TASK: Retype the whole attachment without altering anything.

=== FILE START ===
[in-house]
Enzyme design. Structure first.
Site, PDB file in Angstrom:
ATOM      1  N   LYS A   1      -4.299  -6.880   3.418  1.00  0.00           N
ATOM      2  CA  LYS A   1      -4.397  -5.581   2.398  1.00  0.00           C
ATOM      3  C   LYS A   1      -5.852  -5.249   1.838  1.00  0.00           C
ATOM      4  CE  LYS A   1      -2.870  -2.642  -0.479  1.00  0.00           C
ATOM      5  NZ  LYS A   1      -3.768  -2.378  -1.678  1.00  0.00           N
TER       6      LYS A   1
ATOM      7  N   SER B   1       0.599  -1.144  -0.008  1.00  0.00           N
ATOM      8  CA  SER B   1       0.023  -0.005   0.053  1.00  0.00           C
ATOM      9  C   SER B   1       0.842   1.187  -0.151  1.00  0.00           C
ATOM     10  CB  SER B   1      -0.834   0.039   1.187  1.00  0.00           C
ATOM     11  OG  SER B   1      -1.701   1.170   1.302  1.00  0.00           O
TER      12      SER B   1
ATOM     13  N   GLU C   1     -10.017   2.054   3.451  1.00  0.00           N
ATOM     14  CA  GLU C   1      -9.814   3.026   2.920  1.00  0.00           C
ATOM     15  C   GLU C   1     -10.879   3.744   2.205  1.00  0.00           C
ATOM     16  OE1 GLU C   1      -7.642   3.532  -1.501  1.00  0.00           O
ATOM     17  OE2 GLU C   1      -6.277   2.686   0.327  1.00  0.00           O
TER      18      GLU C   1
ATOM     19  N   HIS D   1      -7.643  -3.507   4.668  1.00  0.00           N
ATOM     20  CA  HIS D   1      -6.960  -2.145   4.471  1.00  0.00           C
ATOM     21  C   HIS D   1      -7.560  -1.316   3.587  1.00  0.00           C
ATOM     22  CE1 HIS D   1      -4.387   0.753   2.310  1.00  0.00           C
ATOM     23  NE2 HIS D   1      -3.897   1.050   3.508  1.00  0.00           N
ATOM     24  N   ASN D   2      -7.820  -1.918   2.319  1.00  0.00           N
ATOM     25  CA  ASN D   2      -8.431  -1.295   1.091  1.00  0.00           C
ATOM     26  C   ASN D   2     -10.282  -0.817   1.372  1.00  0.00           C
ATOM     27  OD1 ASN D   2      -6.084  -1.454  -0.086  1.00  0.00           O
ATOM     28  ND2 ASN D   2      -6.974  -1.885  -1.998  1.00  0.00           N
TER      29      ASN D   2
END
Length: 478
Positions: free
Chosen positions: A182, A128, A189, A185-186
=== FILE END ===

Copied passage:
[in-house]
Enzyme design. Structure first.
Site, PDB file in Angstrom:
ATOM      1  N   LYS A   1      -4.299  -6.880   3.418  1.00  0.00           N
ATOM      2  CA  LYS A   1      -4.397  -5.581   2.398  1.00  0.00           C
ATOM      3  C   LYS A   1      -5.852  -5.249   1.838  1.00  0.00           C
ATOM      4  CE  LYS A   1      -2.870  -2.642  -0.479  1.00  0.00           C
ATOM      5  NZ  LYS A   1      -3.768  -2.378  -1.678  1.00  0.00           N
TER       6      LYS A   1
ATOM      7  N   SER B   1       0.599  -1.144  -0.008  1.00  0.00           N
ATOM      8  CA  SER B   1       0.023  -0.005   0.053  1.00  0.00           C
ATOM      9  C   SER B   1       0.842   1.187  -0.151  1.00  0.00           C
ATOM     10  CB  SER B   1      -0.834   0.039   1.187  1.00  0.00           C
ATOM     11  OG  SER B   1      -1.701   1.170   1.302  1.00  0.00           O
TER      12      SER B   1
ATOM     13  N   GLU C   1     -10.017   2.054   3.451  1.00  0.00           N
ATOM     14  CA  GLU C   1      -9.814   3.026   2.920  1.00  0.00           C
ATOM     15  C   GLU C   1     -10.879   3.744   2.205  1.00  0.00           C
ATOM     16  OE1 GLU C   1      -7.642   3.532  -1.501  1.00  0.00           O
ATOM     17  OE2 GLU C   1      -6.277   2.686   0.327  1.00  0.00           O
TER      18      GLU C   1
ATOM     19  N   HIS D   1      -7.643  -3.507   4.668  1.00  0.00           N
ATOM     20  CA  HIS D   1      -6.960  -2.145   4.471  1.00  0.00           C
ATOM     21  C   HIS D   1      -7.560  -1.316   3.587  1.00  0.00           C
ATOM     22  CE1 HIS D   1      -4.387   0.753   2.310  1.00  0.00           C
ATOM     23  NE2 HIS D   1      -3.897   1.050   3.508  1.00  0.00           N
ATOM     24  N   ASN D   2      -7.820  -1.918   2.319  1.00  0.00           N
ATOM     25  CA  ASN D   2      -8.431  -1.295   1.091  1.00  0.00           C
ATOM     26  C   ASN D   2     -10.282  -0.817   1.372  1.00  0.00           C
ATOM     27  OD1 ASN D   2      -6.084  -1.454  -0.086  1.00  0.00           O
ATOM     28  ND2 ASN D   2      -6.974  -1.885  -1.998  1.00  0.00           N
TER      29      ASN D   2
END
Length: 478
Positions: free
Chosen positions: A182, A128, A189, A185-186